In the years since Deng Xiaoping implemented his policy of reform and opening, China’s bureaucratic structure has undergone a fundamental transformation, which gives public opinion increasing influence over the formation and implementation of Chinese foreign policy. This paper will analyze how China’s bureaucratic institutions have evolved during the reform era to integrate more points of view, the actors who wield the greatest influence in this new system, and the ways in which public opinion will likely influence Chinese foreign policy in the future.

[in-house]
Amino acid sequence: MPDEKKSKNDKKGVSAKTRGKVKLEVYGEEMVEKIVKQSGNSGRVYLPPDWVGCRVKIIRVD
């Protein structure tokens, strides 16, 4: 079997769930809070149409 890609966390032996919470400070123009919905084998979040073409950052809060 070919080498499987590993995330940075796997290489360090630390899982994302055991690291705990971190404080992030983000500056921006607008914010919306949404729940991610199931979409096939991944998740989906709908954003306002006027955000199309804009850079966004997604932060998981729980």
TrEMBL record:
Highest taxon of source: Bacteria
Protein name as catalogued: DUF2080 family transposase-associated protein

The paper begins by identifying the actors who play a role in Chinese public opinion — namely the elite, sub-elite, and the general public — and the ways in which they differ in terms of worldview, methods, and degree of influence. It then analyzes the dual role of popular nationalism in the eyes of the Chinese leadership as both a source of regime legitimacy and a constraint on policy options. Several recent foreign policy events indicate that despite the warnings of many China-watchers that bottom-up nationalism will lead to a more aggressive foreign policy, Beijing’s behavior has not been uncooperative or irrational. The paper concludes that while government sensitivity to public opinion can have negative implications with regard to assertive nationalism, the U.S. should view the enhanced role of public opinion as a positive development. Judging by its measured response to recent crises, the government has a strong interest in mitigating expressions of aggressive nationalism, which can be destabilizing and threaten the regime's survival. Instead they favor what is often referred to as “pragmatic nationalism,” which places the greatest importance on economic development, national unity, independence, and international status.